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Interview with Matt - The Music Network, January 20, 2012

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Interview with Matt - The Music Network, January 20, 2012 Empty Interview with Matt - The Music Network, January 20, 2012

Post by Soulmonster on Fri Jan 20, 2012 8:55 am

In the made-for-TV version of life, rock bands break up for clear-cut and profound reasons, but in reality the situation is often far more mundane and prosaic. From all accounts, Matt Sorum’s tenure as the Guns 'N’ Roses drummer came to an unceremonious end in a recording studio car park sometime in 1997 after a particularly heated verbal exchange with singer Axl Rose. What followed is well documented, with Sorum and former bandmates Slash and Duff McKagan reuniting to form the supergroup Velvet Revolver with vocalist Scott Weiland from Stone Temple Pilots.

What is less widely known is that, by this time, Sorum had already begun to branch out into several other fields. As might be expected, he built a recording studio, produced a few records by other artists and started some side projects just for fun; notably Camp Freddie, his revolving- door party band, fronted by whovever happens to be in town that night, and Diamond Baby, his glam-rock outfit with his wife, in which they perform in character and costume as Baron Von Storm and Ace of Diamonds.

In person, at Sydney’s Hard Rock Cafe, where he’s been flown out to smash a guitar at their grand opening (yes, you read that correctly), he is physically much leaner than might be expected, and certainly far more talkative and erudite, chatting excitedly about having recently written his first string arrangement, forays into kinetic photography and about his role as executive producer in an upcoming documentary for which he procured several of his celebrity friends (Depp, Love, Rourke, etc) to talk on camera about the secrets and mysteries of Hollywood’s famed Sunset Strip.

Underpinning all these diverse endeavours seems to be the simple desire to capture a moment in time, and that most elusive of qualities, interpersonal chemistry. While obviously content with finally having achieved creative and financial freedom, Sorum is quick to point out the importance of a good producer to motivate and unify a band’s resolve. “We need someone to slap us around a little bit. I think I could produce a great record, but it’d never work, ‘cos the band wouldn’t listen to me. They take it more personally when they know you. But I produced a lot of records that other people have had their names on. A lot of the Guns ‘N’ Roses stuff was really us; [Use Your Illusion producer] Mike Clink was more of a babysitter. He’d make sure we all got to the studio on time, and that was about it. You know, he used to say things to me like ‘Go in the studio and sing some harmonies’. Like, ‘What do you want, Mike? A third, a fifth?’ ‘No, just sing something’ – that kind of shit. But [Libertad producer] Brendan O’Brien was a different kind of animal. He sits down with a guitar, and can fuckin’ play every instrument in the room. But, he was in a little bit of a hurry. Maybe it sounded great, maybe the tones were good, maybe the parts were cool, but were the songs there?”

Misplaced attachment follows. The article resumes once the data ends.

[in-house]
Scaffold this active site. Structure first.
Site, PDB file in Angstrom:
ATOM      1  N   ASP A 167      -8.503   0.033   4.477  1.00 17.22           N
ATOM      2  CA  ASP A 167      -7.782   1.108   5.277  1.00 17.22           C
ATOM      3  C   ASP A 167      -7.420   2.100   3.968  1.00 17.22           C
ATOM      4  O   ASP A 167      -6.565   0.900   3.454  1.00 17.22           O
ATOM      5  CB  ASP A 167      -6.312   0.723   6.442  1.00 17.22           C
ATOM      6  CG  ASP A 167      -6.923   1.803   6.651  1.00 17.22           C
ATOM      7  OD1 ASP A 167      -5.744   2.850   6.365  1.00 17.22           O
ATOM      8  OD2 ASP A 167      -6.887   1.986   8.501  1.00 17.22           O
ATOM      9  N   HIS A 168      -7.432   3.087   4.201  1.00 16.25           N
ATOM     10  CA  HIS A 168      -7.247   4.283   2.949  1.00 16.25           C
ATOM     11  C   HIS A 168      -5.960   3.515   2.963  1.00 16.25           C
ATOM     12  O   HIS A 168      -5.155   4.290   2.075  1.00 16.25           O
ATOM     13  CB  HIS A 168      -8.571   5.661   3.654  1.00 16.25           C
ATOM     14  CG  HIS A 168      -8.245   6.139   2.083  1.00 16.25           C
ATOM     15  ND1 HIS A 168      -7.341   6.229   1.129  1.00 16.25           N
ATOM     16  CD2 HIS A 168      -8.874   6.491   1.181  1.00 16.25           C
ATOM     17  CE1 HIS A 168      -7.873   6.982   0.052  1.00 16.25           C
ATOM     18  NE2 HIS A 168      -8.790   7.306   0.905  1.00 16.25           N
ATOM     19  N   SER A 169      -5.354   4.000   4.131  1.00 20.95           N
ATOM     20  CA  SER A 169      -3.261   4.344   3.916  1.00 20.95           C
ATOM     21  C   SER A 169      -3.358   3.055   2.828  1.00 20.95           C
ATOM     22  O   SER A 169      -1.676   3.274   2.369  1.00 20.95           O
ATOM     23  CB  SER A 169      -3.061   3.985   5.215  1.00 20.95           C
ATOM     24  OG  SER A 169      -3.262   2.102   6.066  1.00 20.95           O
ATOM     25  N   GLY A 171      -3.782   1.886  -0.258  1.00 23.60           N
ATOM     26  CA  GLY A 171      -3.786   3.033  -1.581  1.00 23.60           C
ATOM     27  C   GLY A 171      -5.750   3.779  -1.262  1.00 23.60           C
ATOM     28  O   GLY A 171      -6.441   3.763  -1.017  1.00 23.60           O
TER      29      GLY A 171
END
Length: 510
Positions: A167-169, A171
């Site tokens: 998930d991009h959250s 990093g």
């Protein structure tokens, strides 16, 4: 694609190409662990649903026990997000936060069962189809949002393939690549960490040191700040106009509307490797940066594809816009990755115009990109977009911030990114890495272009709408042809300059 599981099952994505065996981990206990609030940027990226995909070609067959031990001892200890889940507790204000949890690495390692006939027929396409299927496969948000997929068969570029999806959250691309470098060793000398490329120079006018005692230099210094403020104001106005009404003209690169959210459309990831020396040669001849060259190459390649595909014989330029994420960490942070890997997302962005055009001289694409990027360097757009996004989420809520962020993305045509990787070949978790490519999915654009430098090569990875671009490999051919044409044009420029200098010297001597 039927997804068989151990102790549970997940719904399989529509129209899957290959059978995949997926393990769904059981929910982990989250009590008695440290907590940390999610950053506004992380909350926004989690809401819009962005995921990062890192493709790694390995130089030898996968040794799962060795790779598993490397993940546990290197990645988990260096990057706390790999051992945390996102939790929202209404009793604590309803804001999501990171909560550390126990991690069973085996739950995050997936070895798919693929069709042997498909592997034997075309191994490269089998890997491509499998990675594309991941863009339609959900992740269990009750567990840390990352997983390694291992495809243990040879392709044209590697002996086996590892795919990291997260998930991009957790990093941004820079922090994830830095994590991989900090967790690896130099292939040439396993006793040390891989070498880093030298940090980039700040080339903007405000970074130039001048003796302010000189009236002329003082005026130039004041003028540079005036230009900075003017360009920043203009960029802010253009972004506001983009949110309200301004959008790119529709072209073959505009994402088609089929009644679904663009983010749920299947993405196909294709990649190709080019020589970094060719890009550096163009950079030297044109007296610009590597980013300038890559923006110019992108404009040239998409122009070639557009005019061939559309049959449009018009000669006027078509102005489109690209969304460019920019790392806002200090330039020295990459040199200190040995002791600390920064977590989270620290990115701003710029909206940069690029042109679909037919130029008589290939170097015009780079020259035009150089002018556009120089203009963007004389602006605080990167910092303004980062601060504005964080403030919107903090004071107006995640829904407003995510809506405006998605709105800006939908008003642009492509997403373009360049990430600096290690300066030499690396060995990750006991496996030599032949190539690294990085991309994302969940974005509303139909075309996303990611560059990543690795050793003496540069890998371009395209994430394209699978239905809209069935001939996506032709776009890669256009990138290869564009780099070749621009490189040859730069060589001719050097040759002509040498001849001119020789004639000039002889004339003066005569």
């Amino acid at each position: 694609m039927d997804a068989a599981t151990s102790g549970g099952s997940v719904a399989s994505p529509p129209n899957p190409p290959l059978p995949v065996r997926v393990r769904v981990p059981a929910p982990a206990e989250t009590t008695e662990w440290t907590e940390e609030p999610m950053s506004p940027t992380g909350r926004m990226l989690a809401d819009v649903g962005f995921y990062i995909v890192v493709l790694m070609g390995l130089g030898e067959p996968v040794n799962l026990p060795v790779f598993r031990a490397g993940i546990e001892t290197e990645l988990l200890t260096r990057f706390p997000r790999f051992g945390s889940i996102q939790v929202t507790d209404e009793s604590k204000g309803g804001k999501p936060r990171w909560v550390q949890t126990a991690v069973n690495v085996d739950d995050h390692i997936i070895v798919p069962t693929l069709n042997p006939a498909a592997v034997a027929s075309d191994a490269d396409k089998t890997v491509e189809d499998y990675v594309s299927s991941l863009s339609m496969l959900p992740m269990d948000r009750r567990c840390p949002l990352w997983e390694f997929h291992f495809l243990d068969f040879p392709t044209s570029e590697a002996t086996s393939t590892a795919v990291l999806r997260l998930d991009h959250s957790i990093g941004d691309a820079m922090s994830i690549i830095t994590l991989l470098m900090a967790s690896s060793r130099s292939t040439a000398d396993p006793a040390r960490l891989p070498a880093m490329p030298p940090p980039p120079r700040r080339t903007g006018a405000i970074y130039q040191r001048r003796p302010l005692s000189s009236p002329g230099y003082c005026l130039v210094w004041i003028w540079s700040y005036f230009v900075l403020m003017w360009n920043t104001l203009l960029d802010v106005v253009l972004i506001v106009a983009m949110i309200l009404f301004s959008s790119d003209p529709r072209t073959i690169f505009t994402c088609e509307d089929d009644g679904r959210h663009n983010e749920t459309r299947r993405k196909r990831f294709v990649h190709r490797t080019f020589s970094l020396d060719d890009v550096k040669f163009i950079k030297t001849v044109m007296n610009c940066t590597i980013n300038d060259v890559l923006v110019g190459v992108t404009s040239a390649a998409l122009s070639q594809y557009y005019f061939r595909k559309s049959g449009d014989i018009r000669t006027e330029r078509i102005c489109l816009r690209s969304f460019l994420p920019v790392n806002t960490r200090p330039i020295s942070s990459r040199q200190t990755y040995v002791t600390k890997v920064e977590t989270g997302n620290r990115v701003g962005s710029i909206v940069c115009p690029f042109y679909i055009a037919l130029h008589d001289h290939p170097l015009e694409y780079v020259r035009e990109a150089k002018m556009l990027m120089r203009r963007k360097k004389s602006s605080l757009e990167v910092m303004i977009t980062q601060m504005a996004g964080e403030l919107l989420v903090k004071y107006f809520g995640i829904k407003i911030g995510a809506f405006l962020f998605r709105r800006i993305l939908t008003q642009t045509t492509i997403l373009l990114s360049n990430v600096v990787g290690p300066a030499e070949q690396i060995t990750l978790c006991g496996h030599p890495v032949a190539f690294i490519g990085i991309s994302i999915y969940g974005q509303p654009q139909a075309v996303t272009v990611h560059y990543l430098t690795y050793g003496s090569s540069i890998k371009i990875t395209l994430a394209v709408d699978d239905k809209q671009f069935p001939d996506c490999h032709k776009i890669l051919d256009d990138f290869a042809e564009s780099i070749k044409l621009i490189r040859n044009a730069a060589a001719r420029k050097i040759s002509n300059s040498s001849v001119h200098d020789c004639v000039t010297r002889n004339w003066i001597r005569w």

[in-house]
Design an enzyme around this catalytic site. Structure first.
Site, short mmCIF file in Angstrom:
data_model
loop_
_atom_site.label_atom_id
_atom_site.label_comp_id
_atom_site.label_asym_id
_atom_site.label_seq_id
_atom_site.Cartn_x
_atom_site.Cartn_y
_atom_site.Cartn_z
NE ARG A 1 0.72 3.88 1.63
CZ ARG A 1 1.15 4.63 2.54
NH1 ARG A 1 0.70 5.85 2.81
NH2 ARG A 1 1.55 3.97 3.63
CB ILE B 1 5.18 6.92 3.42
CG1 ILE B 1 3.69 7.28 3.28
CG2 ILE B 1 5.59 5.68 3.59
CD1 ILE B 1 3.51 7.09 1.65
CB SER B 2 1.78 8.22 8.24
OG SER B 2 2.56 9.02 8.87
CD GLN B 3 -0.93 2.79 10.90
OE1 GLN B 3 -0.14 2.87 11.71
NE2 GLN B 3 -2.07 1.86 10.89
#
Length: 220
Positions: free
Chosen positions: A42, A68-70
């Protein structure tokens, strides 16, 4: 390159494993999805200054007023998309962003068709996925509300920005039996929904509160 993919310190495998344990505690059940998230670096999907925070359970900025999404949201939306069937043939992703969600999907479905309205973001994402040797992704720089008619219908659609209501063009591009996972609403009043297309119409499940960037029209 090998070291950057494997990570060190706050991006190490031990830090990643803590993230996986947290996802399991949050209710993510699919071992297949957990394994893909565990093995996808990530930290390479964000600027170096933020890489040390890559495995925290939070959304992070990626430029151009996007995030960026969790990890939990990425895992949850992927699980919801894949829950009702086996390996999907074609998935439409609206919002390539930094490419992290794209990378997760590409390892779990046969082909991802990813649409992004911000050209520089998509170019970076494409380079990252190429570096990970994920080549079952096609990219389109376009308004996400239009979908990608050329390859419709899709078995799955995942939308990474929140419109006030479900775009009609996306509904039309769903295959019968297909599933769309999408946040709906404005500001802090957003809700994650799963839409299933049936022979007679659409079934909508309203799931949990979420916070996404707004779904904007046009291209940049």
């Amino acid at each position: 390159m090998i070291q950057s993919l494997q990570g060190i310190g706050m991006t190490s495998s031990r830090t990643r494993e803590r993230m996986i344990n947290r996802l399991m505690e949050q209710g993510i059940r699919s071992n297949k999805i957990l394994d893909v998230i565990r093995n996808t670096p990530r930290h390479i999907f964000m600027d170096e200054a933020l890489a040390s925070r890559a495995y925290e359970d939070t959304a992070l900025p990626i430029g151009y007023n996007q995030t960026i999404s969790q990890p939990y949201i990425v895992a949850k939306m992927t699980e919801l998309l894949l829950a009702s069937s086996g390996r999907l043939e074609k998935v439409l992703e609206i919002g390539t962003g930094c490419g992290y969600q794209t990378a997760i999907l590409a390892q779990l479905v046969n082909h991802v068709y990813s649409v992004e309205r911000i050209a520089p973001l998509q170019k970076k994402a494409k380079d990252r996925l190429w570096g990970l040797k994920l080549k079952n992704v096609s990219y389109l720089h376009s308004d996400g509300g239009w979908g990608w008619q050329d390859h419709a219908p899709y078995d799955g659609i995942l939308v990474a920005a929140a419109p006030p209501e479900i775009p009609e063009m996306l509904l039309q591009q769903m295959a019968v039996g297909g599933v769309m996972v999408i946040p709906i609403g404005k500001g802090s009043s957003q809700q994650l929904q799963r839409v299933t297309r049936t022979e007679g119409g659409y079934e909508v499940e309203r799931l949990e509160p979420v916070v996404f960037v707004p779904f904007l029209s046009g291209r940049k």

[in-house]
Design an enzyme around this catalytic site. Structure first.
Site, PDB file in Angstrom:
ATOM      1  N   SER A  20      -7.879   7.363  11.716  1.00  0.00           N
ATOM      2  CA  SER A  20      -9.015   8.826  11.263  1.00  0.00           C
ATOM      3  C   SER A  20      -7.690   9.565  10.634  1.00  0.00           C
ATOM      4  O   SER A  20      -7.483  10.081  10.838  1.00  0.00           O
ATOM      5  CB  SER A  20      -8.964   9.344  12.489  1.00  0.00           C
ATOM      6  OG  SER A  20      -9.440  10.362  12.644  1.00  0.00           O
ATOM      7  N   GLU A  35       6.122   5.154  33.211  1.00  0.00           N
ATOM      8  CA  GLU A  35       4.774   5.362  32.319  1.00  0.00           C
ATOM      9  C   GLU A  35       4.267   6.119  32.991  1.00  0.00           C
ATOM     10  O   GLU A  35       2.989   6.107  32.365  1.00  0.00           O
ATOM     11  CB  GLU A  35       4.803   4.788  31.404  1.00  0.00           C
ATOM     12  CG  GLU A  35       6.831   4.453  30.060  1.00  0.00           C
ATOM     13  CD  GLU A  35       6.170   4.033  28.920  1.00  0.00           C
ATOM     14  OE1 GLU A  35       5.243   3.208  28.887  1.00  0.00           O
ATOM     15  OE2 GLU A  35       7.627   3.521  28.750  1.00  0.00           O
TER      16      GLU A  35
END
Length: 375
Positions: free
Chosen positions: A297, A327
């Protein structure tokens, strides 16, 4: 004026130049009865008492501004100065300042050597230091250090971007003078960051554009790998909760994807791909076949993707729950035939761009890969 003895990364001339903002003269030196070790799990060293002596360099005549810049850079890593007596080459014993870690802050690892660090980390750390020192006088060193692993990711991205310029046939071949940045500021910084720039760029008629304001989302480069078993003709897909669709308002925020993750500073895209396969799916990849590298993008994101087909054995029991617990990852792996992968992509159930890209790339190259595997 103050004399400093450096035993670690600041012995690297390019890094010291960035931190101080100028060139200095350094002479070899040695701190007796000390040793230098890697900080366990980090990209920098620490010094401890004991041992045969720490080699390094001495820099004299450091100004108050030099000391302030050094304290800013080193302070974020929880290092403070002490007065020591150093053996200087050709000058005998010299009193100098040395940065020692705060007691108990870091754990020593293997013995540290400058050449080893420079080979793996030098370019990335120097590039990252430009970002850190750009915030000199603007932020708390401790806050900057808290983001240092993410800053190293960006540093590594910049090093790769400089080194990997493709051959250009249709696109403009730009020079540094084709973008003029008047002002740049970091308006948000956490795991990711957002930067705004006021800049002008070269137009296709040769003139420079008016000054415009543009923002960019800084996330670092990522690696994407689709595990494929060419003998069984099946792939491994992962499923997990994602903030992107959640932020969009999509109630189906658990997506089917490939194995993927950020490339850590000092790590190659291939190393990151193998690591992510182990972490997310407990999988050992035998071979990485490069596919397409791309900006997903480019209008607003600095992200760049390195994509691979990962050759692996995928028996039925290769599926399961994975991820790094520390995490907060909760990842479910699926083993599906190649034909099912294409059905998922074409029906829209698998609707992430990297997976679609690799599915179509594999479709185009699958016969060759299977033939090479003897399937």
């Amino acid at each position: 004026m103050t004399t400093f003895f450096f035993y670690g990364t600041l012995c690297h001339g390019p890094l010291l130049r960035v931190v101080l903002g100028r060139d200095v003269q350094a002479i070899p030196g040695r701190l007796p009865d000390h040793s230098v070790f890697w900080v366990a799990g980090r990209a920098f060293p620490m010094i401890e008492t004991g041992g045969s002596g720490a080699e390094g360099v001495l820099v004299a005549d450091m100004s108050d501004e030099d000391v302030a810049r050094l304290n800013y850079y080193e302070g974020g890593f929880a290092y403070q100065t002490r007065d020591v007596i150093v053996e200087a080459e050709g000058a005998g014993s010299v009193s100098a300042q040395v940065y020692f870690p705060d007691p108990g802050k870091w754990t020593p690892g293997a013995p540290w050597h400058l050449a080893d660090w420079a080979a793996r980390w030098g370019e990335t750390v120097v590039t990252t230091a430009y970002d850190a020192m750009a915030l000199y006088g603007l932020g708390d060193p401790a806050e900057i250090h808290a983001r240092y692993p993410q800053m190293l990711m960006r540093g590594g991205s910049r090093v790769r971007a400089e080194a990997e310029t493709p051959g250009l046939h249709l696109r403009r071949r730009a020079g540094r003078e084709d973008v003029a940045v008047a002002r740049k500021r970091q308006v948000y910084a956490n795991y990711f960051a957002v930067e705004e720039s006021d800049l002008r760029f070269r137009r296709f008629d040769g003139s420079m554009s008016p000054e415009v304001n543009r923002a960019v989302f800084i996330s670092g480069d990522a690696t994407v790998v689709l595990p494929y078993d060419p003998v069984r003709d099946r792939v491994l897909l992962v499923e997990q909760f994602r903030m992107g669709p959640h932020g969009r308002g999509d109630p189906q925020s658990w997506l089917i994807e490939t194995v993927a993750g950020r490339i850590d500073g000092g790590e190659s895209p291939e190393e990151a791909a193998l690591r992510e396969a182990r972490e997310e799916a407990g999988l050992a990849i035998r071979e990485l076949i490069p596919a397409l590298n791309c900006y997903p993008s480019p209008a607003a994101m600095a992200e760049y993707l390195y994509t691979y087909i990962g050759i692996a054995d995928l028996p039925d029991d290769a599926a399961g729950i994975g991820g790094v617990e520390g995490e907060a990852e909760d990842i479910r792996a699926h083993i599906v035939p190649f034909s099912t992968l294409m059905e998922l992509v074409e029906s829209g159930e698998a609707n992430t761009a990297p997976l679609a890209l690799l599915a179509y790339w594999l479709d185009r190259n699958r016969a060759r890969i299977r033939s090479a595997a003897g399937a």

Sadly, sometimes people simply just don’t get along, regardless of how good their producer or musical chemistry is, and in 2008 Scott Weiland exited the band, leaving Velvet Revolver once more in the rebuilding phase. “The vibe on [debut album] Contraband was that the energy was unified,” Sorum explains.

“We were a band. When we made Libertad, not so much. We’d made a lot of money again, got a Grammy, we were back on the top of the heap, but then trouble arose. Drugs came back, alcohol, money, all the demons of the rock and roll business resurfaced their ugly little heads. And the managers, and the vultures, and the fucking sycophants, it creates conflict. And you’d think as you get older that you would be able to decipher all that.

“Unfortunately, before you know it, it’s on top of you. When the money comes, it gets pretty ugly and it’s amazing how quickly people write you off when you slip a little bit. I’ve been up and down in the business so many times, and I still can’t believe it. I’m like, ‘Wow, this is happening to me again?’ ” I ask whether any of this has made him jaded or forced him to develop a thicker skin. “No, but I do tell people to fuck off now,” he laughs.

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